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    By BRUCE
    Visit (4223 times)

    The earliest record of hominids living in Europe has been found in the Spanish cave of Atapuerca; fossils found there date to roughly 1.2 million years ago. Modern humans in the form of Cro-Magnons began arriving in the Iberian Peninsula from north of the Pyrenees some 35,000 years ago. The most conspicuous sign of prehistoric human settlements are the famous paintings in the northern Spanish cave of Altamira, which were done c. 15,000 BC and are regarded as paramount instances of cave art. Furthermore, archeological evidence in places like Los Millares in Almería and in El Argar in Murcia suggests developed cultures existed in the eastern part of the Iberian Peninsula during the late Neolithic and the Bronze Age.
    The seafaring Phoenicians, Greeks and Carthaginians successively settled along the Mediterranean Sea near Tartessos, modern day Cádiz. Regarding Tartessos, it should also be mentioned that according to John Koch Cunliffe, Karl, Wodtko and other highly respected scholars, Celtic culture may well have developed first in far Southern Portugal and Southwestern Spain, approximately 500 years prior to anything recorded in Central Europe. The Tartessian language from the southwest of Spain, written in a version of the Phoenician script in use around 825 BC, has been readily translated by John T. Koch as Celtic and is being accepted by a growing number of philologists and other linguists as the first Celtic language. In the 9th century BC, the first Greek colonies, such as Emporion (modern Empúries), were founded along the Mediterranean coast on the east, leaving the south coast to the Phoenicians. The Greeks are responsible for the name Iberia, apparently after the river Iber (Ebro in Spanish). In the 6th century BC, the Carthaginians arrived in Iberia, struggling first with the Greeks, and shortly after, with the newly arriving Romans for control of the Western Mediterranean. Their most important colony was Carthago Nova (Latin name of modern day Cartagena).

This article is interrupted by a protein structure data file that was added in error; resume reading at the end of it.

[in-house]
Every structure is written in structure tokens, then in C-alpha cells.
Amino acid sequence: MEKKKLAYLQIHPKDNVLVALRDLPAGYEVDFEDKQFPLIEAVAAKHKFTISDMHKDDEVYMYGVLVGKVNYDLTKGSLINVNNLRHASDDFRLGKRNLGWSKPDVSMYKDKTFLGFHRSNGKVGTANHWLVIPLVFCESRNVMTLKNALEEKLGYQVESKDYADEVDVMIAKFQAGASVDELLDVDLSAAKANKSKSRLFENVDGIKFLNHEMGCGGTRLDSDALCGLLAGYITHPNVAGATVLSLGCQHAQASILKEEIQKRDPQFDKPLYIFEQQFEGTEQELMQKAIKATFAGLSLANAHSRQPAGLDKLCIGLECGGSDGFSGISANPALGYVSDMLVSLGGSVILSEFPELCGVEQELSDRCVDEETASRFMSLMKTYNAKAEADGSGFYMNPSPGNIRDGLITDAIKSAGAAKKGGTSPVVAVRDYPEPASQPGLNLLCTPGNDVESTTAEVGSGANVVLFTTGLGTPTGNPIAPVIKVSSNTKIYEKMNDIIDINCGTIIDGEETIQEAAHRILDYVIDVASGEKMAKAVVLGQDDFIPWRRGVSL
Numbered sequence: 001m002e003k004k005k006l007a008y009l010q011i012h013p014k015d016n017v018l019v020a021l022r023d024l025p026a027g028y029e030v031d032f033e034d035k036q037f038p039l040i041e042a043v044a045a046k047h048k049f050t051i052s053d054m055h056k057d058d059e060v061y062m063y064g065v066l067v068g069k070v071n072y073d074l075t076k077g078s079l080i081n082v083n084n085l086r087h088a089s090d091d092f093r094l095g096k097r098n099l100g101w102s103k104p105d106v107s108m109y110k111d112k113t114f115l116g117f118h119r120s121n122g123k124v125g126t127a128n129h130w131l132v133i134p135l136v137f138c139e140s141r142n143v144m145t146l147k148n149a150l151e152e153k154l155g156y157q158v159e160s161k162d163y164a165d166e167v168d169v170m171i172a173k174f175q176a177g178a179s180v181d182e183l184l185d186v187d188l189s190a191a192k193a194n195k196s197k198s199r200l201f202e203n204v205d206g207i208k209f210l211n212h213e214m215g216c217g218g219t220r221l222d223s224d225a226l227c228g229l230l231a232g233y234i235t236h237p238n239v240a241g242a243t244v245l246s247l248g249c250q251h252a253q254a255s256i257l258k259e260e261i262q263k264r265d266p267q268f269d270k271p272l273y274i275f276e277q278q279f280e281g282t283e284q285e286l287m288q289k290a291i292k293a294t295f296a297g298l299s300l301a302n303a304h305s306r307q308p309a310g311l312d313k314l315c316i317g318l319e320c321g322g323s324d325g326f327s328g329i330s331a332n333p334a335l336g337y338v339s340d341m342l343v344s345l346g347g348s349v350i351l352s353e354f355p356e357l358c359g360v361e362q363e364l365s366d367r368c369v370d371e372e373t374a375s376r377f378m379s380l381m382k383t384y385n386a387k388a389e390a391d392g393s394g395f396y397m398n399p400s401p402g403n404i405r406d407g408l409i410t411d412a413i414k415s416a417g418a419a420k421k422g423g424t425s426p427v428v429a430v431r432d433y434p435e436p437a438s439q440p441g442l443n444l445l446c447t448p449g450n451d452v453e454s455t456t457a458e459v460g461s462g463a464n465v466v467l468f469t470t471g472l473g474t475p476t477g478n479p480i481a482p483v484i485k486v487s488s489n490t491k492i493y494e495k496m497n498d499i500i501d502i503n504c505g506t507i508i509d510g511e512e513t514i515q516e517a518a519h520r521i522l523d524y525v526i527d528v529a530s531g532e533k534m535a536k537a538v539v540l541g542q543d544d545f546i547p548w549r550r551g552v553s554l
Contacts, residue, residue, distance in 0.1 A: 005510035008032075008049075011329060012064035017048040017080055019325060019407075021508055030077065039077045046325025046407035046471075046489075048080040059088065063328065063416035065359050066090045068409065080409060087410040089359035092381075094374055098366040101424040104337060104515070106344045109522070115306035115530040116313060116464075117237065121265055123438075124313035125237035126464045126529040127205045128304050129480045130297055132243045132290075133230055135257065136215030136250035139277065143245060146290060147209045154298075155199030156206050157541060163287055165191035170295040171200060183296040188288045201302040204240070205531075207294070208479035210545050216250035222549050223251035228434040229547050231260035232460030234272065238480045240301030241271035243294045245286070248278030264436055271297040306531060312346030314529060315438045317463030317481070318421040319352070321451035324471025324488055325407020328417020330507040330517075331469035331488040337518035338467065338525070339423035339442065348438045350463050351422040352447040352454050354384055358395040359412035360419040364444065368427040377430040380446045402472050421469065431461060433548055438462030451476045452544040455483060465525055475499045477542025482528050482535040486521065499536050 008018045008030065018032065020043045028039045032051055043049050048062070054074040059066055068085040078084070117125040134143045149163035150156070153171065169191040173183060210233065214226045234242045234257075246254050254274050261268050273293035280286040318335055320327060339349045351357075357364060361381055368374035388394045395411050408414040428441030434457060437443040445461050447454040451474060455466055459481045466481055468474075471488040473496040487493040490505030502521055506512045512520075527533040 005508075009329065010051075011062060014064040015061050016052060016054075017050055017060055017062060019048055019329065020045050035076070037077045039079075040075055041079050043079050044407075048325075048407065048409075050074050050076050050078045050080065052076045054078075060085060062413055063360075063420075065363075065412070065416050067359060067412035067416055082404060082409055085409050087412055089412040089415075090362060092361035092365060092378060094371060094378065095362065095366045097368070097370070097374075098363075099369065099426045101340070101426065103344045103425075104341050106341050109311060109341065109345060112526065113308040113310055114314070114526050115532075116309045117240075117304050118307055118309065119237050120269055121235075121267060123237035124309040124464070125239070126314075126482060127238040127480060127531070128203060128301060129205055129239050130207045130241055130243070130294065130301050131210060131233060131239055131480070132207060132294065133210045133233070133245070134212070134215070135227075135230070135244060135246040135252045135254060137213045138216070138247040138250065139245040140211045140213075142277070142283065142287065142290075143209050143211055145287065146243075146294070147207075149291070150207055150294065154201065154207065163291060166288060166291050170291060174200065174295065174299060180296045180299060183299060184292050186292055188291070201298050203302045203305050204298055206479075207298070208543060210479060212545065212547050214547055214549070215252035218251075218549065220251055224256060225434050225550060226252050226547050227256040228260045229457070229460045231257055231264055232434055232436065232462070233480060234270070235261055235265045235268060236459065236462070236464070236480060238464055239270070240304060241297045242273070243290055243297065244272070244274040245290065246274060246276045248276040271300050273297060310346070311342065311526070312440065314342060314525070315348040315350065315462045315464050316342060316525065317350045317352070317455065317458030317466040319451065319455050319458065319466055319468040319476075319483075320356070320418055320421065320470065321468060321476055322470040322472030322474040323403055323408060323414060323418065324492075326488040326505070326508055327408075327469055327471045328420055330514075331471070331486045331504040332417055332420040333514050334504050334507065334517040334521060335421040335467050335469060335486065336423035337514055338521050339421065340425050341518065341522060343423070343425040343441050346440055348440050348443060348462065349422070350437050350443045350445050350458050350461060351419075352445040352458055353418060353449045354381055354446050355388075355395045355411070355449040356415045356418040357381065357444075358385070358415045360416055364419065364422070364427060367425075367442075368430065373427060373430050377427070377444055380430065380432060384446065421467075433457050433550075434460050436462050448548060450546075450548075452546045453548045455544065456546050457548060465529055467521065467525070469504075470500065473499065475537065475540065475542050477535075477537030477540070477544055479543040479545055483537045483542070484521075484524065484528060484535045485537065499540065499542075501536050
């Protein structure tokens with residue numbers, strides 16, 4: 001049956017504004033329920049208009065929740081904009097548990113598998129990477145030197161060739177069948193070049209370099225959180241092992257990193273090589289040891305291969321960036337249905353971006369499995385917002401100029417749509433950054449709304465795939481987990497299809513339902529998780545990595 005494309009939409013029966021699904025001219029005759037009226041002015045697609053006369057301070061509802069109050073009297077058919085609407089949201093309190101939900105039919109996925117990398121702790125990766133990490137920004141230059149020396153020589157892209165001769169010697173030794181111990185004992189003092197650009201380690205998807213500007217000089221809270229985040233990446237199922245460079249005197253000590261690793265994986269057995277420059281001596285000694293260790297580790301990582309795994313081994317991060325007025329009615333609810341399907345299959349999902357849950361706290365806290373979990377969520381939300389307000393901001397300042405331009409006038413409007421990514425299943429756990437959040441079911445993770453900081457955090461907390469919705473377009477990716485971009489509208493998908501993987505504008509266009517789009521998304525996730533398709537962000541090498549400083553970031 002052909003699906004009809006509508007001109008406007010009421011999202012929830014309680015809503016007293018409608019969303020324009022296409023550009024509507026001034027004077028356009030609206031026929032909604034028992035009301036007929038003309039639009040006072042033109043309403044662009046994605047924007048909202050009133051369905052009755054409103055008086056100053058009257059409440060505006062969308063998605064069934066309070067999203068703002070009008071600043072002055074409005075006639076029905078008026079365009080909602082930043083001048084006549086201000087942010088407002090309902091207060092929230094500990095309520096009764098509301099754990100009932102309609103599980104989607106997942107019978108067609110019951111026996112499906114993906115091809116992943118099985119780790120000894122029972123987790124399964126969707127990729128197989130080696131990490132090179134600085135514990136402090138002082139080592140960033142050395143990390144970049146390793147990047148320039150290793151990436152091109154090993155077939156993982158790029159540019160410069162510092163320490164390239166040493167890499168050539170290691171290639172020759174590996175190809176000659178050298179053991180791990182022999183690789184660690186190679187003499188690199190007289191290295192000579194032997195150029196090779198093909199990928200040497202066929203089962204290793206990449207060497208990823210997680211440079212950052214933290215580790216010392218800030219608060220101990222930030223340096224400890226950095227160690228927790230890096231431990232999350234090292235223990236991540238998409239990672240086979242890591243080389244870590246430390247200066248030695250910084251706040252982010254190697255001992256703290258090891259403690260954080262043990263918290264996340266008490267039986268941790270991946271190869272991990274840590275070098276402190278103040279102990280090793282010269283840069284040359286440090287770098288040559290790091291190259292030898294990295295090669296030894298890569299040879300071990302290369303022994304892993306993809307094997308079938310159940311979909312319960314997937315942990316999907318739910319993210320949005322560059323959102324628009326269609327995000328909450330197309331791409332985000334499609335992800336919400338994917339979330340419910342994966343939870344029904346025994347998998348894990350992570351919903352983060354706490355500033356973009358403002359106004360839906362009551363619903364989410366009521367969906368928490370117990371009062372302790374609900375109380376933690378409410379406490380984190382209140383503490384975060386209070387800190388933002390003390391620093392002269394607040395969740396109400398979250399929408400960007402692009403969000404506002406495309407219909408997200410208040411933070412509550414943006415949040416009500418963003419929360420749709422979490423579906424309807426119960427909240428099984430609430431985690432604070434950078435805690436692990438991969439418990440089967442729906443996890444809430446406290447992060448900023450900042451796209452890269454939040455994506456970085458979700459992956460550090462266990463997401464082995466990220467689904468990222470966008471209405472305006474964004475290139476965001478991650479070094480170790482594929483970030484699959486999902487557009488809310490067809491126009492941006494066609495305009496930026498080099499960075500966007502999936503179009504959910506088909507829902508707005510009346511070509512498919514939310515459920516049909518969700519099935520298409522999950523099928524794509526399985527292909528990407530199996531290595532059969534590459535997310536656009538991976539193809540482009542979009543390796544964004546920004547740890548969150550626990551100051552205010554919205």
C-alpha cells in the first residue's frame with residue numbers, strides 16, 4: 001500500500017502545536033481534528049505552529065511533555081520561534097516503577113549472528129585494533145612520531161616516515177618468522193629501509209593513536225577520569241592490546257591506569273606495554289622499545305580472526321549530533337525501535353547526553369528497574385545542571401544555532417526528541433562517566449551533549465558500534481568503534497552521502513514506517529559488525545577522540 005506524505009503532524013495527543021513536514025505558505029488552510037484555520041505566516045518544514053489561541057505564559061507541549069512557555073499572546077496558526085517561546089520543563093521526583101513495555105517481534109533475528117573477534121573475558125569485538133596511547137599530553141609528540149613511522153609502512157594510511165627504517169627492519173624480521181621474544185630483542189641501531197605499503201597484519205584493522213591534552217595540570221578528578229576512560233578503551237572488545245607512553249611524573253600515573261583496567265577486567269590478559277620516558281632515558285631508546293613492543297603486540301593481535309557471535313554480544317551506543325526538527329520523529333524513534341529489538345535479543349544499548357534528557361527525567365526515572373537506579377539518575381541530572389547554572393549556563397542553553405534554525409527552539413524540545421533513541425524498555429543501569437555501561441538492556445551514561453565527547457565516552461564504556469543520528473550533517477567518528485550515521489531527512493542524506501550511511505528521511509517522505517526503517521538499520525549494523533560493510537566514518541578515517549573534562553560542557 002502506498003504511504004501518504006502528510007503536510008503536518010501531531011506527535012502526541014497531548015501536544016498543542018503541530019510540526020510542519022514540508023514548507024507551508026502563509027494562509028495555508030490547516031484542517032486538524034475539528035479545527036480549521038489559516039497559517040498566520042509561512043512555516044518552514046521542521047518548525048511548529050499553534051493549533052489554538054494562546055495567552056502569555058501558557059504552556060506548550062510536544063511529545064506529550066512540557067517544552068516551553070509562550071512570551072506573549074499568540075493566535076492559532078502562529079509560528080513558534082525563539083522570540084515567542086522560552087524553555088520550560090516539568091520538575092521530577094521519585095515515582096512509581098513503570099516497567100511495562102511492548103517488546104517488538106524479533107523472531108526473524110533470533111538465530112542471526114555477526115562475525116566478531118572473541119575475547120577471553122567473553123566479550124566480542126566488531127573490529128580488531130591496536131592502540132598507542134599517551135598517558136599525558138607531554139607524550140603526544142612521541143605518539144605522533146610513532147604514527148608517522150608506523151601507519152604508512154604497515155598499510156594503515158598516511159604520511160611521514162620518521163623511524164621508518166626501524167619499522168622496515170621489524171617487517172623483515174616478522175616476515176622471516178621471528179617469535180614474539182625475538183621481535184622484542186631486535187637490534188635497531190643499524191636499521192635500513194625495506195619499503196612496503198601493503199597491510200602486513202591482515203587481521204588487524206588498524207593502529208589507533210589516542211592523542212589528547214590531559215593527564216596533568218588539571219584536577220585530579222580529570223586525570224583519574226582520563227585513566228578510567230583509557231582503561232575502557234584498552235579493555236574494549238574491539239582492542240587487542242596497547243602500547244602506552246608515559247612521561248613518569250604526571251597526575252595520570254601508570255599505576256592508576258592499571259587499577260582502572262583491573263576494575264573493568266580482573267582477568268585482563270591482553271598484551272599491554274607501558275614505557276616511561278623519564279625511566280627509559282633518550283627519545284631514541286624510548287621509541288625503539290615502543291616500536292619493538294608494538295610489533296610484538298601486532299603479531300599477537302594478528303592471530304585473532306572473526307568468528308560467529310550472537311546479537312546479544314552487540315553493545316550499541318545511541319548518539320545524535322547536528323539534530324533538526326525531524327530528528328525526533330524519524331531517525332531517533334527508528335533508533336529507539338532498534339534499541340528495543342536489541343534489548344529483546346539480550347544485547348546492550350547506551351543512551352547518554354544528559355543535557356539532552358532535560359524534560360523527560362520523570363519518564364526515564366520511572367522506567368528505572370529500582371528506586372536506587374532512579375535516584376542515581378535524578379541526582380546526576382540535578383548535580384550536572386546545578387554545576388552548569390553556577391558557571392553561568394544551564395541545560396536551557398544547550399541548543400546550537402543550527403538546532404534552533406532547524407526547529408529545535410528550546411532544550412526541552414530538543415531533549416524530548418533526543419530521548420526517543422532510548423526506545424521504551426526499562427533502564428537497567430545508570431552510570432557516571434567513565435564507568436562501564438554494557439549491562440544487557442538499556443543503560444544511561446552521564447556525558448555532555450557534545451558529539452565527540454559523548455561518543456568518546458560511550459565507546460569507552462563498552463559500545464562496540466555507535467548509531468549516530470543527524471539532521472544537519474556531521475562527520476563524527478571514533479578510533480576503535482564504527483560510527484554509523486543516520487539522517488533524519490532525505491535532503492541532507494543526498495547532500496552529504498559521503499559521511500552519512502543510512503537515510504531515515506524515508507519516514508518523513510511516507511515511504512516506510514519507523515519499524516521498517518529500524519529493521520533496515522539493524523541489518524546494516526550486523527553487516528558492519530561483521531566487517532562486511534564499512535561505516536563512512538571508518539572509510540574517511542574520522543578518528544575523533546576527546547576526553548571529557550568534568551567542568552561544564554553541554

The native peoples whom the Romans met at the time of their invasion in what is now known as Spain were the Iberians, inhabiting from the southwest part of the Peninsula through the northeast part of it, and then the Celts, mostly inhabiting the north and northwest part of the Peninsula. In the inner part of the Peninsula, where both groups were in contact, a mixed, distinctive, culture was present, the one known as Celtiberian. The Celtiberian Wars or Spanish Wars were fought between the advancing legions of the Roman Republic and the Celtiberian tribes of Hispania Citerior from 181 to 133 BC.

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